Monday, 12 December 2011

Pizarro's, Bermondsey Street

I cannot imagine how great the feeling must be when you decide to open a restaurant and at the soft opening launch 60 people are waiting to get in. That’s the scene that greeted the opening of Pizarro’s on Bermondsey Street on the eve of the first Friday of December. I get there on the Saturday for lunch. The doors open at 12 and having visited Maltby Street that morning we have half an hour to kill before the soft opening so head up to the market at Bermondsey Square. When we return at 12, there is a queue of 25 people before us waiting in anticipation for the doors to be opened. They are swiftly opened on the nose of 12 and we head in to the beautiful building where the smell of freshly sanded wood mixed with aromas from the open plan kitchen greets us.
As we await our table we start with a bottle of cava and take a look at the surroundings. The design is delightful in its detail. It’s not just the tiles or the wooden ceiling; it’s the newspaper holder; it’s the coat racks; it's the Aesop products in the toilets; it’s the different type of soft lighting; it’s the various seating arrangements - whether you want to sit at the bar and watch the chefs in action, enjoy the people spotting of those who traverse Bermondsey street, sit together at a large group table where you get to know your neighbours, or in one of the booths for a smaller party. The layout brings people together no matter how big or small the party number but simultaneously manages to maintain privacy.
Bread and radishes are brought to us as we sip our cava. Now, I’ve always been of the opinion that the likes of radishes and celery pave the road to purgatory – mundane and boring type vegetables. However, here at Pizarro’s the radishes have olive oil added along with pepper, and when combined with the bread from St. John’s, they somehow work.
We are seated by the window looking out onto Bermondsey Street. Having perused the menu, we commence with some ham croquetas. They are excellent. I’d go so far as to say the best croquetas I’ve enjoyed.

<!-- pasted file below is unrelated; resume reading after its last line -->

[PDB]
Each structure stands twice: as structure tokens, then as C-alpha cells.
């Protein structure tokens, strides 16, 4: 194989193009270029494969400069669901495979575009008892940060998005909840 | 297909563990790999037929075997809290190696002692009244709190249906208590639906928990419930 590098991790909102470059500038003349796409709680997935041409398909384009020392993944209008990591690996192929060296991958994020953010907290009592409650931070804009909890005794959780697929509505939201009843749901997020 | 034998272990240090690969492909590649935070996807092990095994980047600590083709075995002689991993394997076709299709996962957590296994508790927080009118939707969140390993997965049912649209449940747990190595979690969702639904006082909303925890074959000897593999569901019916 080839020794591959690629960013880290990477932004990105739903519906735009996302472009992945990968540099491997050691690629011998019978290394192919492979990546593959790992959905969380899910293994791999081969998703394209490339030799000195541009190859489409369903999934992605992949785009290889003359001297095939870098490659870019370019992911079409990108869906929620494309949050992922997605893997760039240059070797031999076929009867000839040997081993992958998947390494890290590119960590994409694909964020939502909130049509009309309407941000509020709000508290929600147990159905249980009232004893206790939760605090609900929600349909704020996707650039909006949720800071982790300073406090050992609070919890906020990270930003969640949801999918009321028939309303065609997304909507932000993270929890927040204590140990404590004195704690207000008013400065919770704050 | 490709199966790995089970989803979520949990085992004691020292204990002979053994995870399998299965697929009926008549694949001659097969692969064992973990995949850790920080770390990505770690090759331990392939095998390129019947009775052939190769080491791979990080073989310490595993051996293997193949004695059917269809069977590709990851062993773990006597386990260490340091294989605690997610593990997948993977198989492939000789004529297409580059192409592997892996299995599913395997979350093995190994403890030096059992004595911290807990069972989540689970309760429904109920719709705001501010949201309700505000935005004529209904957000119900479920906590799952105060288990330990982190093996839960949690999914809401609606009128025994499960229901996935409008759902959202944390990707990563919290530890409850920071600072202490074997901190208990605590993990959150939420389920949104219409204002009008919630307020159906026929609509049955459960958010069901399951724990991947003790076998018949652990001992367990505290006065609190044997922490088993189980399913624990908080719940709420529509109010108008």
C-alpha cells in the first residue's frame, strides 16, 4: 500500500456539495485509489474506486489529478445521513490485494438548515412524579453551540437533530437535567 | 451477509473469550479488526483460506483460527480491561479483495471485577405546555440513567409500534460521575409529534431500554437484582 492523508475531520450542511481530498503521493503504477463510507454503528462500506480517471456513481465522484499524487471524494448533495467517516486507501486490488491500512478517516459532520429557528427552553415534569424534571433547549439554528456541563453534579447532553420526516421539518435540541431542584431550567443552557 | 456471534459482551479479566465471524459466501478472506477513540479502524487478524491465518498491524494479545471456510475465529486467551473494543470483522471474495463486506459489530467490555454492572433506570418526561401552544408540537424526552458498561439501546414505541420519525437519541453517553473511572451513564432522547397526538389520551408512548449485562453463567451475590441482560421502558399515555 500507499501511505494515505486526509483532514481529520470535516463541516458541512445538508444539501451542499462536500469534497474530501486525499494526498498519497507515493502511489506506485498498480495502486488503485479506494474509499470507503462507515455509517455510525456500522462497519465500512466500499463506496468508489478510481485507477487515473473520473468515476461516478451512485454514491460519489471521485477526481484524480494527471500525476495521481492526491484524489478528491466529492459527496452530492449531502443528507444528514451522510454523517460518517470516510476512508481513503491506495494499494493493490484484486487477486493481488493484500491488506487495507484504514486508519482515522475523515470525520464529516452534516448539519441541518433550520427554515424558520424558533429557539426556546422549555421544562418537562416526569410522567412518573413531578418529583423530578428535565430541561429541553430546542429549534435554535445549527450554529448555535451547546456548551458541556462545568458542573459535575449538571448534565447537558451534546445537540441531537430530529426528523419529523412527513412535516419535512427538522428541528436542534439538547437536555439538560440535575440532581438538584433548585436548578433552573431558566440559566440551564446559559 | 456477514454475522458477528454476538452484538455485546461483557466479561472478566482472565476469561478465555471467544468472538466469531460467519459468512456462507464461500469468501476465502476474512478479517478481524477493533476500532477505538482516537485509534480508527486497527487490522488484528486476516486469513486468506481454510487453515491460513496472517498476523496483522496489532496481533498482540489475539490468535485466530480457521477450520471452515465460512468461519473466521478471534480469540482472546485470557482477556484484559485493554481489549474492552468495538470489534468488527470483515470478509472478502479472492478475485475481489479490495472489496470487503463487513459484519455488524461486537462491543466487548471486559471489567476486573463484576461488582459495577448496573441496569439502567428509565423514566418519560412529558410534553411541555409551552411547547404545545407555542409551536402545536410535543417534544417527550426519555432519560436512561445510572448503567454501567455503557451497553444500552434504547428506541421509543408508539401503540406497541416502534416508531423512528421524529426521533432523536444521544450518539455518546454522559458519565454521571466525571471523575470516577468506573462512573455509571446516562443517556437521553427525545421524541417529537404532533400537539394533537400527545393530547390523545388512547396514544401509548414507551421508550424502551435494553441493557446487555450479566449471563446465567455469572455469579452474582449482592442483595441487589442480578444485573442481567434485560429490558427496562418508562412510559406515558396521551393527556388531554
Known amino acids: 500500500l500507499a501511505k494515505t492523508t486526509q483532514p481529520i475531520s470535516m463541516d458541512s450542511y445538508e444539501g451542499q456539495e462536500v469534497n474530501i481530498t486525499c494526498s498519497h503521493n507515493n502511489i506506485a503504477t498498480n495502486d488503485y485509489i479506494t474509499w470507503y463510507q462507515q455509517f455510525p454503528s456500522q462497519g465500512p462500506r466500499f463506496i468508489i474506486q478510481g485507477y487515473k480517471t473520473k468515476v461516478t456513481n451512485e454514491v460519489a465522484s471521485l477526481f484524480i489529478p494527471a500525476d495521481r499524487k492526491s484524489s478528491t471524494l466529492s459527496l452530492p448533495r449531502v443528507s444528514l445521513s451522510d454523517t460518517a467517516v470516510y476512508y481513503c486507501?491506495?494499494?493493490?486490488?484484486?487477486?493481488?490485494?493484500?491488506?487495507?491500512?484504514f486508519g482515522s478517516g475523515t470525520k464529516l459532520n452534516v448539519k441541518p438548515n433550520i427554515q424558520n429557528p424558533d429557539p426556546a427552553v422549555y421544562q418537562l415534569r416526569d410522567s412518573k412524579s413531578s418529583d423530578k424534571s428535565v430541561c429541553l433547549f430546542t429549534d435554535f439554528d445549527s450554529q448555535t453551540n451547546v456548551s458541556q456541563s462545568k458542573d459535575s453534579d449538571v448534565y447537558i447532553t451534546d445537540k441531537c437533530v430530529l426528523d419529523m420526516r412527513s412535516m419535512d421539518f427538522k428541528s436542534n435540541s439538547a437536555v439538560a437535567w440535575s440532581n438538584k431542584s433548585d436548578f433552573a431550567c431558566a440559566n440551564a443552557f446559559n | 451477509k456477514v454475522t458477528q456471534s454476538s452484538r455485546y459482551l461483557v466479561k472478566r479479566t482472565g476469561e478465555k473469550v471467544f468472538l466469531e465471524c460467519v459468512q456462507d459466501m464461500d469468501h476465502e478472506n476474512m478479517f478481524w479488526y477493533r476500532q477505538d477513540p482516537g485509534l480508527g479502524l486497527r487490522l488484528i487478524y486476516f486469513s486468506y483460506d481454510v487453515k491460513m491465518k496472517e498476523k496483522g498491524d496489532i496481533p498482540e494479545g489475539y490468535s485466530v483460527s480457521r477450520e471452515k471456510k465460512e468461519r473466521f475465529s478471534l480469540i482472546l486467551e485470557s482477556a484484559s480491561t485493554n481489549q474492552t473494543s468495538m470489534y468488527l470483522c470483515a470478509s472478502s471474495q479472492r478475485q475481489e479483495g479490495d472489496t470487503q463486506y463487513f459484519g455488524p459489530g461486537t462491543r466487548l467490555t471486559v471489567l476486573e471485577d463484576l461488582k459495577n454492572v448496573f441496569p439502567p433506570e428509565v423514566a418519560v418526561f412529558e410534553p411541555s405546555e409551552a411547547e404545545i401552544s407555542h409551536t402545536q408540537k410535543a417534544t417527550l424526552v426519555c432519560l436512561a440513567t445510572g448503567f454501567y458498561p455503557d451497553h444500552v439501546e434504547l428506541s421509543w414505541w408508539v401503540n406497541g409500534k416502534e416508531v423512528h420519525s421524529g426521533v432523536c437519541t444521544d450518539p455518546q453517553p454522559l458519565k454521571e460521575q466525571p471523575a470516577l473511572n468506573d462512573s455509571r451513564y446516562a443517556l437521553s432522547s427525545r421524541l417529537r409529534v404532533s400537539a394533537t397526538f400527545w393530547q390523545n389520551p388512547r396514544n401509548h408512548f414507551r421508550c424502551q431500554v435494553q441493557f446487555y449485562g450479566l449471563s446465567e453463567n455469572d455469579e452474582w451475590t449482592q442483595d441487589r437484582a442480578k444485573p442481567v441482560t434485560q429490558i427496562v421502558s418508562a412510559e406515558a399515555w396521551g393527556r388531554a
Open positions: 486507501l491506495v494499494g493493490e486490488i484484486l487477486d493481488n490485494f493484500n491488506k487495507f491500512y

We follow with lamb with lentils. Now I have had a challenging relationship with lamb. When I was younger we used to slaughter our own lamb, which was then frozen and throughout winter we used to have different variations of it pretty much every day for dinner. This did not lead to an altogether loving relationship with lamb, and it’s only in the past 5 years that I’ve started eating it again. Now it’s one of my favourite pieces of meat. The lamb at Pizarro’s ensures that this relatively recently found love continues. It’s tender and cooked to medium, presented with lentils and radicchio. The radicchio does not leave a bitter taste as it can do when prepared poorly. It’s a tasty dish. It is much larger than a tapas type dish and could be served as a main course, but we share.
We next opt for the gambas and ham with chilli and garlic. The prawns are fat and juicy, both the taste of the chilli and garlic are prevalent when biting into them, a great combination. I have never had prawns and Serrano ham together on the same plate before, but once again Pizarro’s strikes the correct balance.  
We get two deserts because it's winter and everyone knows you need extra calories in winter to stave off the cold. It's a medical fact. The chocolate toast with caramel ice-cream seems like an interesting choice from the menu. To be fair it would be difficult to mess up serving a dessert which comprises of chocolate and ice-cream and caramel on the one dish. However, this dessert is quite spectacular. The caramel ice-cream is served with some salt like crumbs’ whilst the chocolate is neither mousse nor ganache nor ice-cream. It has a firm texture to it.  I’ll demonstrate my ignorance by saying; I’m not really sure what it was. What I do know however, is that it was bloody well good and served on a thin piece of toast which was hard as a rock.
We opted for rice pudding with clementine’s as our other dessert. It’s difficult to compare rice pudding when there is chocolate and caramel vying for attention on the other plate. I make an effort however for the sake of the team. The rice pudding itself was enjoyable, however I found the clementine’s to be overpowering the subtlety of the rice pudding.
A third friend joins our company, and upon sitting down informs us that we look like the cats that got the cream. There’s probably a modicum of truth in that assertion. My friends finish with a coffee. Pizarro’s get their beans down the road from Monmouth. The only comment I receive from them on the quality is ‘mmmnnnn, good coffee’. I didn’t feel the need to enquire further. As it was the soft opening, there was 50% off our bill which should have come to £80. We pay £40.

For me Pizarro’s is not just about the food which is, as denoted above of the highest standard. It’s about the warmth of the restaurant determined by the welcome of the staff and management. Throughout our visit, Pizarro comes out from behind his busy workplace to welcome friends who visit to support the venture with big hugs and kisses. The happiness is palpable and good will ever present. All in all it’s a warm uplifting experience.
But, then again, when you think about it, Pizarro’s is just the most recent addition in a long line of Spanish international influence – Columbus,  Cervantes, the Spanish Armada,  la quinta brigada, Xavi Alono…Jose Pizarro. I wish it to go from strength to strength as it is about to become my newest local. It is after all, the best Spanish restaurant in London.  
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